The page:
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close this bookEnglish for Specific Purposes (ESP): Teaching English for Specific Purposes (Peace Corps; 1986; 110 pages)
View the documentAcknowledgements
View the documentIntroduction
Open this folder and view contentsChapter One The teacher, the student, and English for specific purposes
Open this folder and view contentsChapter Two: Analyzing needs
Open this folder and view contentsChapter Three: Developing language skills
Open this folder and view contentsChapter Four: Program design
close this folderChapter Five: Materials selection and development
View the documentAssessing Reading Difficulty
View the documentSelecting Materials
View the documentDeveloping Your own Materials
View the documentUsing Commercial Materials
View the documentGroup work
View the documentError Correction
View the documentTesting
View the documentHelping students learn outside the classroom
View the documentFor Teachers whose Students are U.S.-Bound
Open this folder and view contentsAppendices
 

Using Commercial Materials

Because you will probably be unable to order class sets of books for your students, the commercial materials you do have available will be useful to you more as resources than as textbooks. You will be able to select those activities and exercises which are relevant to your students' needs. See Appendix A for titles and descriptions of materials available through Peace Corps' ICE.

Chapter Six: Program management and evaluation

Depending on your teaching experience, you may at first feel overwhelmed by the large classes and diverse needs that you face as an ESP teacher. The purpose of this chapter is to provide some tips to help you manage the language learning environment in the classroom.

Initially, students may experience problems in listening comprehension, remaining attentive, and following instructions. Your first class meetings, then, should be seen as opportunities to establish a routine, communicate your objectives, and allow the students to become accustomed to your teaching style.

You may have to adapt your style of speaking at the beginning of your program so that students can understand you. Some controversy does exist in language teaching about whether or not teachers should adapt their speaking style. It is argued that this exposes the students to inauthentic language and will not prepare them for understanding English spoken at a normal rate of speed. Of course, your ultimate goal is to enable your students to understand natural speech, spoken at normal speed, but at first you may need to speak more distinctly, allow more frequent pauses than normal, and say things more than once and in more than one way in order to be understood. As students get to know you better their understanding will improve.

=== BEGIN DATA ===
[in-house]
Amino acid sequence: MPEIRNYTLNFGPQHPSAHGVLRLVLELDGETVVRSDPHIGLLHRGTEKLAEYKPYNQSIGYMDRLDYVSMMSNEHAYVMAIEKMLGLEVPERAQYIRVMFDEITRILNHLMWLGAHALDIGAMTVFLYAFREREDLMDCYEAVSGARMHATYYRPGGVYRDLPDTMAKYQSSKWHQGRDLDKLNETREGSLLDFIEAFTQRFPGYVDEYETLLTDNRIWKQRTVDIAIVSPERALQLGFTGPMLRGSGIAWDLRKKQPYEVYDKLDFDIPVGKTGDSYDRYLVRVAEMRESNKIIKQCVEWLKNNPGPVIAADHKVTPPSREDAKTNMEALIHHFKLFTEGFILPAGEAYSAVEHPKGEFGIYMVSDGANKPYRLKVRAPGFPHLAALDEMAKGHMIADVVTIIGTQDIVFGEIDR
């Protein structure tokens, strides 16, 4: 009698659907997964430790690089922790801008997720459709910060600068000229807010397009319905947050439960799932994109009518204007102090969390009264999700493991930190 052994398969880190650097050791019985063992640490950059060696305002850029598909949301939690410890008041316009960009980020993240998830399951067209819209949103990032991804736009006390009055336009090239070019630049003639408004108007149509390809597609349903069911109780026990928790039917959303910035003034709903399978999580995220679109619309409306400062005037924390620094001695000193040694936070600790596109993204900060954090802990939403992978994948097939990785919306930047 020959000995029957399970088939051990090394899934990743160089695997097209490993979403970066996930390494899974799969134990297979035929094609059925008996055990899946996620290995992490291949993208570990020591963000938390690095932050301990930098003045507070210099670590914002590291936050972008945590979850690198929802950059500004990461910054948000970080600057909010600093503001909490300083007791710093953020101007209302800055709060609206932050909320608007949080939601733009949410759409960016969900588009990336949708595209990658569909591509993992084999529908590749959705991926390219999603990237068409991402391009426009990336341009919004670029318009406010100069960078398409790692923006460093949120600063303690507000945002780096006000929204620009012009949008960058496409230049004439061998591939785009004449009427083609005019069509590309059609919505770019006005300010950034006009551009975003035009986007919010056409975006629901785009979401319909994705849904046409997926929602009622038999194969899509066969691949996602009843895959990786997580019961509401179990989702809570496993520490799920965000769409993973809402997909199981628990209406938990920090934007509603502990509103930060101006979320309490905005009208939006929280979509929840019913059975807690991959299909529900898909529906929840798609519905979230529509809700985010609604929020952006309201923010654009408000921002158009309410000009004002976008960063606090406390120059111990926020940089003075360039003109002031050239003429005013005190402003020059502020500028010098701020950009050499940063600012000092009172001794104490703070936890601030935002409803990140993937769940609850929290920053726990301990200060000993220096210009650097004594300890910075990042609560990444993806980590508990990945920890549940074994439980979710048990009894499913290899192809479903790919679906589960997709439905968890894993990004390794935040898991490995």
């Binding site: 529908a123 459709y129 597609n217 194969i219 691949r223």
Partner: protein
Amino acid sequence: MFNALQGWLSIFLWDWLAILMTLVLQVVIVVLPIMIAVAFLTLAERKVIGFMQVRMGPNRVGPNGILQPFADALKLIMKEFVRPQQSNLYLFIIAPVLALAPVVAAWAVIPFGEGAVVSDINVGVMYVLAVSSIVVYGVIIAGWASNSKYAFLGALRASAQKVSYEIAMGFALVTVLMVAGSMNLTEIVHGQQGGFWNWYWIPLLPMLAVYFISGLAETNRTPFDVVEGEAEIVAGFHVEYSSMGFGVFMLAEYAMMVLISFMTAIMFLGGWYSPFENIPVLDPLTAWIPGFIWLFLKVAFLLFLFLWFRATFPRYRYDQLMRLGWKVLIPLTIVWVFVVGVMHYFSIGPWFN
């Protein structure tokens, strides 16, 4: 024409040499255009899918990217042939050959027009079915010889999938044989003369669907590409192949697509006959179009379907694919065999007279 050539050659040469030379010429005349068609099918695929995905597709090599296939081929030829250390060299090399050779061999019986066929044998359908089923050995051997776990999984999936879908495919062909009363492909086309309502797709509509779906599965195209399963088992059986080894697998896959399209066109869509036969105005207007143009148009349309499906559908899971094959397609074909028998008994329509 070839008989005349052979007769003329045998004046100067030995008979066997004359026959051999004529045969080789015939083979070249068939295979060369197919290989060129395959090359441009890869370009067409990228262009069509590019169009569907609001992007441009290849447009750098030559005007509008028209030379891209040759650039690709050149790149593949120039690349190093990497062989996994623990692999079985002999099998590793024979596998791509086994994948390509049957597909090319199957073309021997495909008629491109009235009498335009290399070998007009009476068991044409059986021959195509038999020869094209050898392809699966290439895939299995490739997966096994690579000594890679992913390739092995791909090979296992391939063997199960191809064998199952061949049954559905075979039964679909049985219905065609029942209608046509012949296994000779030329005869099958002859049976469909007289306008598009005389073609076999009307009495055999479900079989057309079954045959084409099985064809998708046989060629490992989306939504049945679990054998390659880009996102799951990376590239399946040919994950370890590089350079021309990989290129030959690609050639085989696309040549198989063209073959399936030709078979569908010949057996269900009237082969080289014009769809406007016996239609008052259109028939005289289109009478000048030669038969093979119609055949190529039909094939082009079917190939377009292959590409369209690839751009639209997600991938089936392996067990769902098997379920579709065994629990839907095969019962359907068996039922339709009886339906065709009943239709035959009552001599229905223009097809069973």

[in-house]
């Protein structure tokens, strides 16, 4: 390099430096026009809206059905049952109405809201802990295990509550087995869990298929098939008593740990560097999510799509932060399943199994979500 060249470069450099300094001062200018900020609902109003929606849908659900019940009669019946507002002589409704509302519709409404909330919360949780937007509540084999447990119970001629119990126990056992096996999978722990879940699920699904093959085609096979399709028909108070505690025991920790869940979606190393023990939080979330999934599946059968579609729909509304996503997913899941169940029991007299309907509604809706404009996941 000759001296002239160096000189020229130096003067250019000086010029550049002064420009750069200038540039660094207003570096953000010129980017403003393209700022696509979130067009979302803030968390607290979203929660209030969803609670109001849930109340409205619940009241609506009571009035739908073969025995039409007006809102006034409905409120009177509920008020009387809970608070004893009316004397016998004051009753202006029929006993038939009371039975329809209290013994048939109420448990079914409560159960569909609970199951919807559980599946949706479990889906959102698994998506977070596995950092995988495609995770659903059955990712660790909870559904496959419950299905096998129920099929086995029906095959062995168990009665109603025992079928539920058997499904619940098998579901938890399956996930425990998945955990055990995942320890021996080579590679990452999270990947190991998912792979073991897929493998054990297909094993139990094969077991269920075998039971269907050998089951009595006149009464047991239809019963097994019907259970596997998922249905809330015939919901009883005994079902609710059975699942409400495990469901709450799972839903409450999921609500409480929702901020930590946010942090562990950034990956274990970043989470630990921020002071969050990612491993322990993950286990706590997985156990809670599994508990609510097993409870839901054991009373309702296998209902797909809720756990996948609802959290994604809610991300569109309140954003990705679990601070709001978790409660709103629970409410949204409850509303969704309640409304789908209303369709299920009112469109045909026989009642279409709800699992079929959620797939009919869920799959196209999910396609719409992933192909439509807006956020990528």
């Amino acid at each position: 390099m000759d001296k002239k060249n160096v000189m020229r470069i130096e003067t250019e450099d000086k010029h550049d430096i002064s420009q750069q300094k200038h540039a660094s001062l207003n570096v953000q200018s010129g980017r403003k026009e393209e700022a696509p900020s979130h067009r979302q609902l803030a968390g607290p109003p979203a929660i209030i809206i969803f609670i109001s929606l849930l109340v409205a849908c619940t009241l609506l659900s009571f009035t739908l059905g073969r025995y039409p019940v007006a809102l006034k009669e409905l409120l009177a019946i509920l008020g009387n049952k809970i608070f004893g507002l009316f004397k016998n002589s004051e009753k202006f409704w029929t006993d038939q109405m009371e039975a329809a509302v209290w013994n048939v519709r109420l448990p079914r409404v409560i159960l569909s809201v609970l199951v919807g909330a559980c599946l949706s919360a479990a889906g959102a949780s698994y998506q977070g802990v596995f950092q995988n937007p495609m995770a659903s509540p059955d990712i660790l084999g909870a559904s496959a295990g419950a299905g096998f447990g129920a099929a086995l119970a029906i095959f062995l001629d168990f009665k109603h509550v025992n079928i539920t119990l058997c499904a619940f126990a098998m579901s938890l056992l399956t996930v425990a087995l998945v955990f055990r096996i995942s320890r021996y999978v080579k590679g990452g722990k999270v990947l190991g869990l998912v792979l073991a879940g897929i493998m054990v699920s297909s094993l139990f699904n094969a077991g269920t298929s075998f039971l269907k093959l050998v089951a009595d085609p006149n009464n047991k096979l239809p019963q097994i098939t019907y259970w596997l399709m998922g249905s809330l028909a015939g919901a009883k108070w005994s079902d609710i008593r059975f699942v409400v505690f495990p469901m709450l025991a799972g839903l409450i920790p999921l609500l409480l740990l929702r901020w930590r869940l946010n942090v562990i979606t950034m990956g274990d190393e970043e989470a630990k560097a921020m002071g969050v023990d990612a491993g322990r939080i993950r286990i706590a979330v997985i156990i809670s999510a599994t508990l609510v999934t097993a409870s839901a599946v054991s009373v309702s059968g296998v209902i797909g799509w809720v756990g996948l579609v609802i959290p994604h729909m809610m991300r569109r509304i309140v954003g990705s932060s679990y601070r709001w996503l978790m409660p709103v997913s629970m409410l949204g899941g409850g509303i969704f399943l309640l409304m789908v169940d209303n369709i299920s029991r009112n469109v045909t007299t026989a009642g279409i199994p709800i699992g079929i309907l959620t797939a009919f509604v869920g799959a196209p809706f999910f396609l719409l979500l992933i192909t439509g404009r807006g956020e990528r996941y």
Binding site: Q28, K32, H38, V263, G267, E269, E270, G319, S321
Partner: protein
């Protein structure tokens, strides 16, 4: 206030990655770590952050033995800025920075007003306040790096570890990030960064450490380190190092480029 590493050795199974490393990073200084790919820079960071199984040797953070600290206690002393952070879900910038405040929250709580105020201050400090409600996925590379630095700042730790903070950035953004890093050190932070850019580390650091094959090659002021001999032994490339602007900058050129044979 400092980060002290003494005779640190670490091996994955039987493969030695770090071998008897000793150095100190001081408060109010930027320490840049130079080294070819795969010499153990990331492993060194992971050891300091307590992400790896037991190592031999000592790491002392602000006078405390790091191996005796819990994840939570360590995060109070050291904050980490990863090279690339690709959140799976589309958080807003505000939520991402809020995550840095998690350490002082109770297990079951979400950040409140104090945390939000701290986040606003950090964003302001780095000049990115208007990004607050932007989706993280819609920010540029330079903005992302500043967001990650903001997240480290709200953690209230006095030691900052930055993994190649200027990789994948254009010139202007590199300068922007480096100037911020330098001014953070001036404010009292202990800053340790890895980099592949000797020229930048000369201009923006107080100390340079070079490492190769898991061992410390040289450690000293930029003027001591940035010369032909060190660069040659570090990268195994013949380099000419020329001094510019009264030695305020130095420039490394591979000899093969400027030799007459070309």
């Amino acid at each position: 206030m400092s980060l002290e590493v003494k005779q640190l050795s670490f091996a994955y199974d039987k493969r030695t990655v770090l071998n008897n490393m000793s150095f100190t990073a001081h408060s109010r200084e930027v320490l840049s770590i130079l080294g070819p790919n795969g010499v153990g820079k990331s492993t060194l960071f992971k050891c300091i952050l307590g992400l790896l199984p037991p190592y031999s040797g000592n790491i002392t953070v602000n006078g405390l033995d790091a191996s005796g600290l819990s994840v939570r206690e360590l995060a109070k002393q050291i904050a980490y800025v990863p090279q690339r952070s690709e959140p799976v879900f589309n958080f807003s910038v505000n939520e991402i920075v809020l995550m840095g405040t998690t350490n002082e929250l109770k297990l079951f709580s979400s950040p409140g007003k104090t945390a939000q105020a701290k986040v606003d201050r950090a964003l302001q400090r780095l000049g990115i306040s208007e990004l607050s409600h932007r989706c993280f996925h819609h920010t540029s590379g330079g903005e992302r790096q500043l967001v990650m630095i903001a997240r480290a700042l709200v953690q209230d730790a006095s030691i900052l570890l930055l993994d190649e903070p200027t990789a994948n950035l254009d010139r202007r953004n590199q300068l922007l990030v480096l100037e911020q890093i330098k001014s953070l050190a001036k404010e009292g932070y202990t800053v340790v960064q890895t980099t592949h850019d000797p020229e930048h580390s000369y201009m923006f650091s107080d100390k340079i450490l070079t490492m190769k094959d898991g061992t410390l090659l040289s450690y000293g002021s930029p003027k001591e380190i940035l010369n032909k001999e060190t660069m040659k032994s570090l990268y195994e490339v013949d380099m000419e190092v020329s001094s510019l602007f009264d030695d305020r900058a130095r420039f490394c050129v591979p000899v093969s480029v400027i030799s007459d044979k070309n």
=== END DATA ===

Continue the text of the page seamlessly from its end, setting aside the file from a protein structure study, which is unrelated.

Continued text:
The students will feel most comfortable and secure in their learning situation if you design a program which is well structured and in which your expectations for the students are clear. Take extra time in the initial class meetings to explain how each exercise should be approached. This time will be well spent, as later class meetings will then fall into a routine, assignments will be completed as expected, and students will recognize their steady progress.

Make your initial introduction of concepts and vocabulary highly contextualized through demonstration. Do not deny students the extra help that contextual clues give, or comprehension will be more difficult and the students will not develop strategies for exploiting context clues. The visual is the most important clue. A typical lesson should demonstrate. Use language, gestures, and eye contact to establish meaning, and take advantage of the students' knowledge of the world. Tasks appropriate to this kind of treatment include description of a process, conducting of experiments, and explanations of charts or graphs. When you ask questions, discourage rapid reaction replies. Have a slow paced classroom in which everyone has time to think. If you are lecturing, stop every few minutes to allow students to get down notes, discuss briefly among themselves and ask questions. You may find it valuable to circulate through the class from time to time to discuss and answer questions.

Use short handouts and visuals. Give a handout after your first treatment' of a theme to give students the opportunity for listening comprehension practice before they read the handout to confirm, correct, or expand their notes.

When students ask questions in class:

 

1) Do not say too much. Omit all information that is not demanded by the question. Do not give in to the temptation to show everything you know about the subject.

2) Leave time and opportunity for students to answer each other's questions.

3) If you observe that students do not appear to understand the question, you may need to paraphrase it for the benefit of the other students.

Use class time to go over the exercises the students have completed. The sooner they get feedback on their answers, the more learning will take place. Students enjoy this activity as they check their own work. You can save time and ensure fairness by preparing small tokens (cardboard or slips of paper) with a student's name on each. Shuffle the tokens and c-ill students' names in random order, rather than stopping at each question to call on a student with raised hand. This will give every student an equal opportunity to participate and will ensure that students remain attentive. It will also give you an indication of which students do not understand the exercise.

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